“Beginning in 2017, we’ve implemented several changes in our admissions process that focused on student access,” said Juan Espinoza, associate vice provost for enrollment management and director of admissions. “These changes are proving to be successful in support of broader university goals to have an increasingly diverse student body.”

To further illustrate the increasingly diverse nature of the Virginia Tech student body, 39 percent of the entering class (freshman and transfer students) was from underserved and underrepresented populations in 2020, compared to 31 percent in 2017. In 2020, 1,511 students (or 19.4 percent) in the entering class were first-generation status, compared to 1,281 students (or 16.4 percent) in 2017.

The greatest negative impact of the COVID-19 pandemic upon the entering class was on the number of international students enrolled. The entering class included 201 international students, far below the goal of 475 targeted for this year.

In addition, a total of 427 students (339 freshman and 88 transfer students) deferred admission to Virginia Tech, up from 104 students (94 freshman and 10 transfer) the previous year.

This year’s average first-year student grade point average (on a 4.0 scale) was 3.97, compared to 4.05 a year ago. The average combined SAT score was 1271, compared to 1289 a year ago.

In addition to the successful recruitment initiatives, undergraduate student retention efforts also remain strong. Last year’s freshman class of 7,596 students — the largest in Virginia Tech history — progressed to their second year at a 92.8 percent success rate. This compares to successful progression rates of 92.6 percent and 92.8 percent the previous two years.

Transfer students have also demonstrated a strong progression rate. Last year’s transfer cohort of 1,094 students progressed to their second year at a 90.1 percent success rate. The previous two transfer student cohorts progressed to their second year at rates of 89.3 percent and 90.2 percent.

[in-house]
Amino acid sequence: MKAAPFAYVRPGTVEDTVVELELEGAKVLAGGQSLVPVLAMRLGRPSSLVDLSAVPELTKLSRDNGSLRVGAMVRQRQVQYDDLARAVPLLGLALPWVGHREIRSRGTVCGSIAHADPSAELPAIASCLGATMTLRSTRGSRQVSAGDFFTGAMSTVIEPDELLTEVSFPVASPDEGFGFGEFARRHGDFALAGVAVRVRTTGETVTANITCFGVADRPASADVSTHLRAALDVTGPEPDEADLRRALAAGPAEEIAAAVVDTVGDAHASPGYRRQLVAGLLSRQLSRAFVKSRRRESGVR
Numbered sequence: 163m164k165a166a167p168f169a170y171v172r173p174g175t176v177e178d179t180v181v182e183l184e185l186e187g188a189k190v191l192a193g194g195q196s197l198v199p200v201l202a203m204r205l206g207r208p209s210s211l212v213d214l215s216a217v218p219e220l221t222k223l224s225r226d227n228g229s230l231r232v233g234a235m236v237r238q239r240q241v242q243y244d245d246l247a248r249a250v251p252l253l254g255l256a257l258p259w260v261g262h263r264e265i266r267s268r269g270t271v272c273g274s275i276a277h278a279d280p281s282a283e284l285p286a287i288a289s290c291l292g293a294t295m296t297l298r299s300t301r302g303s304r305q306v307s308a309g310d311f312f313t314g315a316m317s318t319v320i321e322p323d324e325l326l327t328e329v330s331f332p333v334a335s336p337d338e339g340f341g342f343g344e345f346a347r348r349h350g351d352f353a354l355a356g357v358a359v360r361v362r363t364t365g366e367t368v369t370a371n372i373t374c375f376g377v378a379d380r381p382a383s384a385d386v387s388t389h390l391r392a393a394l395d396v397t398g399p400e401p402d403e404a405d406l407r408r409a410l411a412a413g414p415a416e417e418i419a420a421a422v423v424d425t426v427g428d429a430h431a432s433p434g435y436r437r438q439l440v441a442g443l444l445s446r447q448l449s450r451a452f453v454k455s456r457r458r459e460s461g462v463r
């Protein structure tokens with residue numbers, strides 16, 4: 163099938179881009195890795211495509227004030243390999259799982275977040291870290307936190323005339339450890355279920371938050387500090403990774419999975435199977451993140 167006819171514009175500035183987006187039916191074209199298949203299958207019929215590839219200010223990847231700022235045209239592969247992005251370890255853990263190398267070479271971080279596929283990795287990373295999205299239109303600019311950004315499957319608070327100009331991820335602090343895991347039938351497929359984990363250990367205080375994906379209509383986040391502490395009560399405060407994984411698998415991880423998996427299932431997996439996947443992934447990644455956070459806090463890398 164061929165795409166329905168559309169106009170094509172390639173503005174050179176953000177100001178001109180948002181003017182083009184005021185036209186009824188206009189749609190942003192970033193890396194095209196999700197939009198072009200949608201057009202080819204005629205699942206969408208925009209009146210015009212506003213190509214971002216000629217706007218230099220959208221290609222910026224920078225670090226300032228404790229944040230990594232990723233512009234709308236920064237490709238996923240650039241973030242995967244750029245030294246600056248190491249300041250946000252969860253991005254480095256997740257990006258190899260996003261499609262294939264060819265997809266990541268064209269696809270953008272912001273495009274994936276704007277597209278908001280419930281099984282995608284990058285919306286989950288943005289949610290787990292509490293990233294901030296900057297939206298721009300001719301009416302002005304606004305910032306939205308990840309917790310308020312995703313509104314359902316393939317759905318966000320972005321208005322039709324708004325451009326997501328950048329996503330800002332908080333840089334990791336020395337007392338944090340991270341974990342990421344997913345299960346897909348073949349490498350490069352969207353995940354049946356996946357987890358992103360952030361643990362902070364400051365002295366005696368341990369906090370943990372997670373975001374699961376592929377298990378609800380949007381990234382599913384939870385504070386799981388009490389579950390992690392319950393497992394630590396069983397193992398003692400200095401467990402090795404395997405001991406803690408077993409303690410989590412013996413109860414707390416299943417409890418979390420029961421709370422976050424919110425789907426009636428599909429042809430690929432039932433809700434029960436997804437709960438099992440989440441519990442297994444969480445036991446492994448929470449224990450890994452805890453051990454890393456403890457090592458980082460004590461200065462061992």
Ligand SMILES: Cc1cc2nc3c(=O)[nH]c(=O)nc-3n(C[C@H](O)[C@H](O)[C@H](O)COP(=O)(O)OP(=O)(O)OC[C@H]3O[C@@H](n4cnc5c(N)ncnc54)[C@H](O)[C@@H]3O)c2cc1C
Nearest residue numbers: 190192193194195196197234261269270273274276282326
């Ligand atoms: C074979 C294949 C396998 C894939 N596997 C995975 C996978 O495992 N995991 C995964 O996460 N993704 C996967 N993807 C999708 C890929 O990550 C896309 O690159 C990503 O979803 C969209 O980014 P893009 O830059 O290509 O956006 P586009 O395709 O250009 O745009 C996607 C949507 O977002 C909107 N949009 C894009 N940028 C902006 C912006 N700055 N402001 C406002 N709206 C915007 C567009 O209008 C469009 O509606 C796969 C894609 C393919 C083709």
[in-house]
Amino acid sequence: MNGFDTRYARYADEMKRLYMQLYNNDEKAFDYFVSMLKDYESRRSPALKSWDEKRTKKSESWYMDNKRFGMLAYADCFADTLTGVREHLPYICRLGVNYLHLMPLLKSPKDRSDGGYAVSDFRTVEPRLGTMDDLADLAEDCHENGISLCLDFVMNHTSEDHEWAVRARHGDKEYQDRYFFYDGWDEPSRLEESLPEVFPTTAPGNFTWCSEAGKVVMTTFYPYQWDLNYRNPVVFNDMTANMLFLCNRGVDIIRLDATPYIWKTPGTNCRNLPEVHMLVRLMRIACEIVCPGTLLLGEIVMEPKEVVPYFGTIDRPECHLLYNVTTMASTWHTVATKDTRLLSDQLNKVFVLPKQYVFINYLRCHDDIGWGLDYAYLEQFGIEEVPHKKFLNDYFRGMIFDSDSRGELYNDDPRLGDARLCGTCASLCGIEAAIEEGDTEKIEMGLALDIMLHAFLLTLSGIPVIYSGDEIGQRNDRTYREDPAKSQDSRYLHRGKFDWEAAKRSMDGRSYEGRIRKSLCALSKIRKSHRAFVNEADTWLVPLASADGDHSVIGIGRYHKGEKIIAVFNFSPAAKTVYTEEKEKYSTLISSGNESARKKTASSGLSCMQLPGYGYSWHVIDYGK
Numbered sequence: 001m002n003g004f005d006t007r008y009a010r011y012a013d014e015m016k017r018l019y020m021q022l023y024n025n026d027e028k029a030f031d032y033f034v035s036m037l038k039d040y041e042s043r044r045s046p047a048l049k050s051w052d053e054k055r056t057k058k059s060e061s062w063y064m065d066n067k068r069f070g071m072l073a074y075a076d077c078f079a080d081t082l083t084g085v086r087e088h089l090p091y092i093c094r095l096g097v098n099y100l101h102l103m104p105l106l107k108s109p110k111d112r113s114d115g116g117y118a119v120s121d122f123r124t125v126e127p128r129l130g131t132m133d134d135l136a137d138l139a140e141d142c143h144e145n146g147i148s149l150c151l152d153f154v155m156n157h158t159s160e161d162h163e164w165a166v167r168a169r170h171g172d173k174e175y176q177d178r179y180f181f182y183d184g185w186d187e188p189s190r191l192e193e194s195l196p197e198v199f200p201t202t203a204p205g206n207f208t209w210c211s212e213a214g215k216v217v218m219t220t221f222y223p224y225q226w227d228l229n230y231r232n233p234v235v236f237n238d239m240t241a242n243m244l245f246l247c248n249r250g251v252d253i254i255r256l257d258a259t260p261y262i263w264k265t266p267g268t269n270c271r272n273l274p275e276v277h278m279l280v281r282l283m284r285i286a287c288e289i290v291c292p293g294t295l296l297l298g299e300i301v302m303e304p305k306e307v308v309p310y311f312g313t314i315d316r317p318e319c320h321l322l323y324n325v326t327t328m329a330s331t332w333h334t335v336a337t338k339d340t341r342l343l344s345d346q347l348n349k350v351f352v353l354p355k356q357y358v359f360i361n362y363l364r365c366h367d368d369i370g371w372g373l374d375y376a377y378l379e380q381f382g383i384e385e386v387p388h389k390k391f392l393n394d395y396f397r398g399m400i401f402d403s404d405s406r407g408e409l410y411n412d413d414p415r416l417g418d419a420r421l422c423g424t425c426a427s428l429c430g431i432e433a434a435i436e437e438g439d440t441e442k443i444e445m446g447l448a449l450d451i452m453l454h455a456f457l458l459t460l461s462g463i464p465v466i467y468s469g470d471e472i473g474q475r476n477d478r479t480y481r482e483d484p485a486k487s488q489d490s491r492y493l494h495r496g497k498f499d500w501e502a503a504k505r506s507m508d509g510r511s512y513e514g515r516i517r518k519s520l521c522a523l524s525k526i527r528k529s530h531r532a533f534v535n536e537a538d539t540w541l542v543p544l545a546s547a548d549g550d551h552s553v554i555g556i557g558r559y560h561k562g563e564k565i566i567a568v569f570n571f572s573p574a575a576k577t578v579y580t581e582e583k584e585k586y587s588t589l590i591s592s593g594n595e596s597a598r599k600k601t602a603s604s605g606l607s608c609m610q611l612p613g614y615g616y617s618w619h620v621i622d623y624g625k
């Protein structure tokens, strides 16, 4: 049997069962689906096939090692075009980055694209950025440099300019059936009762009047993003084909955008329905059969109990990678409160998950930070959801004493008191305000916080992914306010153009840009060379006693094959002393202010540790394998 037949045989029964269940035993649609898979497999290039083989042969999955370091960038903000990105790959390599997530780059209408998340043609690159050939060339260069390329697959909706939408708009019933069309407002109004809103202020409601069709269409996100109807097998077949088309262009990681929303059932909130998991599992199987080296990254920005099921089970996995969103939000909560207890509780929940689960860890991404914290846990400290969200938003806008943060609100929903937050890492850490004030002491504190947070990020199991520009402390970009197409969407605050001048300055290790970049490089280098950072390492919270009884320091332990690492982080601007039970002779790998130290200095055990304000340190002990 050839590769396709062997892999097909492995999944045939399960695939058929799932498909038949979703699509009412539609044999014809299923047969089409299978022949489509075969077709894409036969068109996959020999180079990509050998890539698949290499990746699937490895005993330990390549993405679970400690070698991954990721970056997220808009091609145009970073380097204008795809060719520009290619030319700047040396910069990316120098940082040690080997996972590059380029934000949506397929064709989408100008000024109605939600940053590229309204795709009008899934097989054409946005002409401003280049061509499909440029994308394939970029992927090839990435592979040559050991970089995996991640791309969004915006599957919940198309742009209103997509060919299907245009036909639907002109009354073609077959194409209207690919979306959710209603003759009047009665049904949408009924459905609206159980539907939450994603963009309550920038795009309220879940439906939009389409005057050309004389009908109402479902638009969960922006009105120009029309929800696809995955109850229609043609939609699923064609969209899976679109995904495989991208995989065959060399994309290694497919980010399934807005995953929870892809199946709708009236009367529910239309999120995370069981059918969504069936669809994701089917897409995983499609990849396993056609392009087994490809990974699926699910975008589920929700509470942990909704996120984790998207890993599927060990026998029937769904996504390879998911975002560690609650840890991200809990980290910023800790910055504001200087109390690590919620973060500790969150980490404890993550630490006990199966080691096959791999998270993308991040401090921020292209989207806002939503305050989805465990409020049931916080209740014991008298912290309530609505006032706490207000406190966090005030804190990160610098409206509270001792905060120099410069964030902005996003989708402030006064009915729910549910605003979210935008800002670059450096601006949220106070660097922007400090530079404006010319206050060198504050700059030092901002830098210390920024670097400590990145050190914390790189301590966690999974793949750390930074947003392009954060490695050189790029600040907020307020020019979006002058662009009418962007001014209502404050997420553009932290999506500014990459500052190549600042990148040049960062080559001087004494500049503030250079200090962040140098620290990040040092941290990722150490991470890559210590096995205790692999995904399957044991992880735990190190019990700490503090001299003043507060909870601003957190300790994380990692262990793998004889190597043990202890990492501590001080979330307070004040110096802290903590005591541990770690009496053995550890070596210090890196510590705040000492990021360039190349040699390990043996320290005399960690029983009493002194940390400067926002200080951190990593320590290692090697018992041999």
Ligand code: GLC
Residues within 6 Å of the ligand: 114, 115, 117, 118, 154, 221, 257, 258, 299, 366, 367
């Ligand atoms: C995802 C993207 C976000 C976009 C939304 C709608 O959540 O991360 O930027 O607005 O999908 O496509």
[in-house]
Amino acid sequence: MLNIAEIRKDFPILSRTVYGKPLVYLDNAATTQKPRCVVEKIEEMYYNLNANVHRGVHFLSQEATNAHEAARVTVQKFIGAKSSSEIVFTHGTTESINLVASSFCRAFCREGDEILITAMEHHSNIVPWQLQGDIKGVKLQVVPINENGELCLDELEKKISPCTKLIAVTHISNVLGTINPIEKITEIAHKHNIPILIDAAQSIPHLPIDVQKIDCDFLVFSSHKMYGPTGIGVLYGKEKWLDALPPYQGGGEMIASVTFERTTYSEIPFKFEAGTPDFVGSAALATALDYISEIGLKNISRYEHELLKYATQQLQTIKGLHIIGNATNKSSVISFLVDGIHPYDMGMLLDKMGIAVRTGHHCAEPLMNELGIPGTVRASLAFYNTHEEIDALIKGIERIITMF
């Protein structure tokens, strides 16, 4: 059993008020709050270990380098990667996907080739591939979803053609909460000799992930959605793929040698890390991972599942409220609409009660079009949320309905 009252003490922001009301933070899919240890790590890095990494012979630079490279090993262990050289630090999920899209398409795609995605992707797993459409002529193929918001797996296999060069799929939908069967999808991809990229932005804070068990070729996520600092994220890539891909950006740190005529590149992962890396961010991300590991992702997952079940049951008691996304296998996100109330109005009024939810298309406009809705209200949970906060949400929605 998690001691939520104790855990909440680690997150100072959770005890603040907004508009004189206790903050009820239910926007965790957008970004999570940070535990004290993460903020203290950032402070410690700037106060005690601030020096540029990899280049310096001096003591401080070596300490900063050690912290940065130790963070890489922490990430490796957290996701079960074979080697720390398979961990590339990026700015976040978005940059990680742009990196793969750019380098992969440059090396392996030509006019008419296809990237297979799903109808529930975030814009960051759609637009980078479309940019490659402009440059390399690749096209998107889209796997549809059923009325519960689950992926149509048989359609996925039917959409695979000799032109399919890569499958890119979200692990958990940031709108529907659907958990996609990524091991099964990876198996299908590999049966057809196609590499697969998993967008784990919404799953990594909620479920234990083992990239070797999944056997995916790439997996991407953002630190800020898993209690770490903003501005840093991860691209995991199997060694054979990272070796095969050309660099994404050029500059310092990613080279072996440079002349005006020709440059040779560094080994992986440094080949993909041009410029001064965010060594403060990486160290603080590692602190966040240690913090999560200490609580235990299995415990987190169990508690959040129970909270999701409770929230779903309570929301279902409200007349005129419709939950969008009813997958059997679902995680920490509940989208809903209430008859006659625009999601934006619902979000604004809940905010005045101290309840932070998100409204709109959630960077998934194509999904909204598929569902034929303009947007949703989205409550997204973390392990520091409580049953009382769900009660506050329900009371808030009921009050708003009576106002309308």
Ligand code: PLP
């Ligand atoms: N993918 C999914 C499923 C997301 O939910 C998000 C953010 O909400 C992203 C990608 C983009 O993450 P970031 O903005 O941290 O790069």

“A successful enrollment management effort requires a comprehensive approach to student success,” said Luisa Havens Gerardo, vice provost for enrollment management. “Virginia Tech continues its commitment to not only recruit talented and diverse undergraduate students, but to provide the support and resources to promote their success.”

At Fall Census 2020, enrollment in Virginia Tech’s Graduate School stood at 6,332 doctoral degree, master’s degree, certificate, and nondegree students, compared to 6,414 a year ago.

For the current academic year, Virginia Tech has awarded (to date) a total of $95,755,559 in aid to 12,192 new and continuing undergraduate students enrolled for the 2020-21 academic year.

To date, awards include approximately 4,500 eligible students who have received more than $21 million in Federal Pell Grants; 4,322 eligible Virginia residents who received approximately $17.5 million in state grants; and approximately 8,694 who received more than $25 million in university-administered grants and scholarships.

In addition, Virginia Tech awarded its $9,699,494 in Federal CARES Act monies this spring and summer to 12,084 undergraduate and graduate students, who received awards ranging from $400 to $3,700.